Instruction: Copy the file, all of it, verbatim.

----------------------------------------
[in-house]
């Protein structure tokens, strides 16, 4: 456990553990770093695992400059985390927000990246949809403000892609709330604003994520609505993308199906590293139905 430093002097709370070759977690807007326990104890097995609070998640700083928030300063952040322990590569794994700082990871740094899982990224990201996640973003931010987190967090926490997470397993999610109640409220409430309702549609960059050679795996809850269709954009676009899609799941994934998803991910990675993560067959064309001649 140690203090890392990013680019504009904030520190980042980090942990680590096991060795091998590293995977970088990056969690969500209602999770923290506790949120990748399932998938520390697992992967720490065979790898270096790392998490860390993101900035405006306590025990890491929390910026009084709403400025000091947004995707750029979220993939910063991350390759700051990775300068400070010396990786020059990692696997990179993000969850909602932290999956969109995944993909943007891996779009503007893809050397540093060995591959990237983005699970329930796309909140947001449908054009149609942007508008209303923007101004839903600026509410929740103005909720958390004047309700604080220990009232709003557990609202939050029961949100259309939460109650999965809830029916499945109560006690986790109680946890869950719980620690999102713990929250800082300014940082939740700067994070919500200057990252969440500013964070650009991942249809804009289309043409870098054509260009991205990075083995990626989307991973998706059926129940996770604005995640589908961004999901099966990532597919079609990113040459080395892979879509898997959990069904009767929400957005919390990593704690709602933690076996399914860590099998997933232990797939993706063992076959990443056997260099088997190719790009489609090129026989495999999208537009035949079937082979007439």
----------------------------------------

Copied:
[in-house]
């Protein structure tokens, strides 16, 4: 456990553990770093695992400059985390927000990246949809403000892609709330604003994520609505993308199906590293139905 430093002097709370070759977690807007326990104890097995609070998640700083928030300063952040322990590569794994700082990871740094899982990224990201996640973003931010987190967090926490997470397993999610109640409220409430309702549609960059050679795996809850269709954009676009899609799941994934998803991910990675993560067959064309001649 140690203090890392990013680019504009904030520190980042980090942990680590096991060795091998590293995977970088990056969690969500209602999770923290506790949120990748399932998938520390697992992967720490065979790898270096790392998490860390993101900035405006306590025990890491929390910026009084709403400025000091947004995707750029979220993939910063991350390759700051990775300068400070010396990786020059990692696997990179993000969850909602932290999956969109995944993909943007891996779009503007893809050397540093060995591959990237983005699970329930796309909140947001449908054009149609942007508008209303923007101004839903600026509410929740103005909720958390004047309700604080220990009232709003557990609202939050029961949100259309939460109650999965809830029916499945109560006690986790109680946890869950719980620690999102713990929250800082300014940082939740700067994070919500200057990252969440500013964070650009991942249809804009289309043409870098054509260009991205990075083995990626989307991973998706059926129940996770604005995640589908961004999901099966990532597919079609990113040459080395892979879509898997959990069904009767929400957005919390990593704690709602933690076996399914860590099998997933232990797939993706063992076959990443056997260099088997190719790009489609090129026989495999999208537009035949079937082979007439």